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Joseph Petitti —

Making a simple text-based game in C++

For the WPI course IMGD 3000 - Technical Game Development 1, I worked over the course of seven weeks to make a fully-featured game engine in C++. It uses simple text-based ASCII graphics and handles events, input, sounds, sprites, collisions, and other basic features. As a final project, to show off the features of this engine, I worked with a partner to make a fun game using it. The game, called "XiQ", is a fast-paced arcade puzzle game based on the Taito classic Qix.

Technical details

The engine I made is based on Professor Mark Claypool's Dragonfly engine, described as "a text-based game engine, primarily designed to teach about game engine development." Over the course of the term I built up the various features of the engine in several increments, which can be seen on GitHub.

By the end of Project 2c my engine had the following features:

As well as various other minor features.

Game features

To showcase the engine and make a practical project with it, I worked with a partner to develop a simple game using it.

The game we created is called XiQ: Tactical Zone Control. XiQ is a simple game in which you try to claim as much territory as possible in sixty seconds while avoiding enemies. You control a green marker called a XiQ (pronounced "quiche") that can walk along lines called Xix (pronounced "kicks"). You can draw Xix into the center of the play area by holding X or Z to draw fast or slow, respectively. When you box in an area with Xix it gets filled in, and you get points for the amount of area you captured. If you fence in an area by only drawing slowly you get ten times as many points, and the area is colored in a different color.

However, there are enemies that will try to stop you from claiming territory. Xyvz (pronounced "chives") are red X-shaped enemies that walk along Xix, and if they touch you you’ll die. The Xiz (pronounced "Cheese") is a red line-shaped enemy that flies around the uncaptured area of the board. If it hits an incomplete Xix as you’re drawing it, you’ll die. Also, if you run into your own incomplete Xix you’ll die. Score as many points as possible within sixty seconds to win!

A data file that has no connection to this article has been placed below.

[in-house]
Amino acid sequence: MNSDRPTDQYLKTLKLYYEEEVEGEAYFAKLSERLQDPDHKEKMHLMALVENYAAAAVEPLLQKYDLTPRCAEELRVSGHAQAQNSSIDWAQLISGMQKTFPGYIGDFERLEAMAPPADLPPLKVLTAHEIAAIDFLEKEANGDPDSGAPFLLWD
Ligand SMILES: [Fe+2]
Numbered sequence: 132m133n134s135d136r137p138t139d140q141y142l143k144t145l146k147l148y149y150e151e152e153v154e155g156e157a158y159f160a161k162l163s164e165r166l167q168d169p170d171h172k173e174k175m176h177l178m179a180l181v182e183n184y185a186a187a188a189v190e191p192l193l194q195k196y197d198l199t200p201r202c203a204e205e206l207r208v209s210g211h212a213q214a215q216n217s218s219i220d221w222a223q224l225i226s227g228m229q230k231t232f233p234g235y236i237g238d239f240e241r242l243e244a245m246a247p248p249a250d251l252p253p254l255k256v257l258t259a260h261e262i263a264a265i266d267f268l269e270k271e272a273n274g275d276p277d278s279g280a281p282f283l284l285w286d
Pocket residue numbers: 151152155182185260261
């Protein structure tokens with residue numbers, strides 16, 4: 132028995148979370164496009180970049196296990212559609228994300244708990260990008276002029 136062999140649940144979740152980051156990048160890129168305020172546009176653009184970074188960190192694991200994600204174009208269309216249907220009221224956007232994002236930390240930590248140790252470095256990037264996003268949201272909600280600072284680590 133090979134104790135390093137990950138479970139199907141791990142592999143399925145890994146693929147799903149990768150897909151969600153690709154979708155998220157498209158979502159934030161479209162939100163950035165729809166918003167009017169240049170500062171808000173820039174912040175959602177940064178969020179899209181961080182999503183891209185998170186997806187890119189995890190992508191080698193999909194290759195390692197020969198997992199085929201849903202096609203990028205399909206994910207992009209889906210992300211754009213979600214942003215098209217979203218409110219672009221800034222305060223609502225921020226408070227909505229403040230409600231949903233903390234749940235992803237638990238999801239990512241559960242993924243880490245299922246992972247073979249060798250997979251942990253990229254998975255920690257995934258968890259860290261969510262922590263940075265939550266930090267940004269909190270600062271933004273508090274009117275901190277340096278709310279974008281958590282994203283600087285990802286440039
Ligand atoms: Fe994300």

Screenshot of Xiq
The Xiz is the red flying enemy, and the Xyvz are the red X's on the wires

One of the most difficult technical features of XiQ is the flood-fill algorithm we use to fill fenced-in areas with 'o' characters. When the player finishes drawing a line of Xix, the game runs a flood-fill algorithm on each side of the newly drawn line, filling in an arbitrary number of enclosed spaces created by it. All but the biggest enclosed area are taken as the captured zone, and are filled in with 'o' characters.

How to try it out

If you want to try out XiQ for yourself you can download and compile it for your system. You can find the source code on GitHub under the project4 directory.

The README and Makefile in GitHub are designed for a GNU/Linux system, but can be easily modified to work on any system.

The engine depends on the Simple and Fast Multimedia Library. To install it on Fedora GNU/Linux, do:

# dnf install SFML-devel

Now just download the code and compile it:

$ git clone https://github.com/jojonium/IMGD-3000-Technical-Game-Development-I.git imgd-3000 $ cd imgd-3000/project4/game $ make

Just run the ./game executable to play.

Final thoughts

Because I haven't done a ton of previous programming in C++, making this engine could be frustrating at times. Tracking down segmentation faults is always annoying, and some of the Professor's examples were misleading or outright wrong.

Even so, I feel liks a learned a lot from this class, and seriously sharpened my C++ skills. I ended up with a cool project that is actually pretty fun to play, and a simple game engine that I could re-use for something else in the future.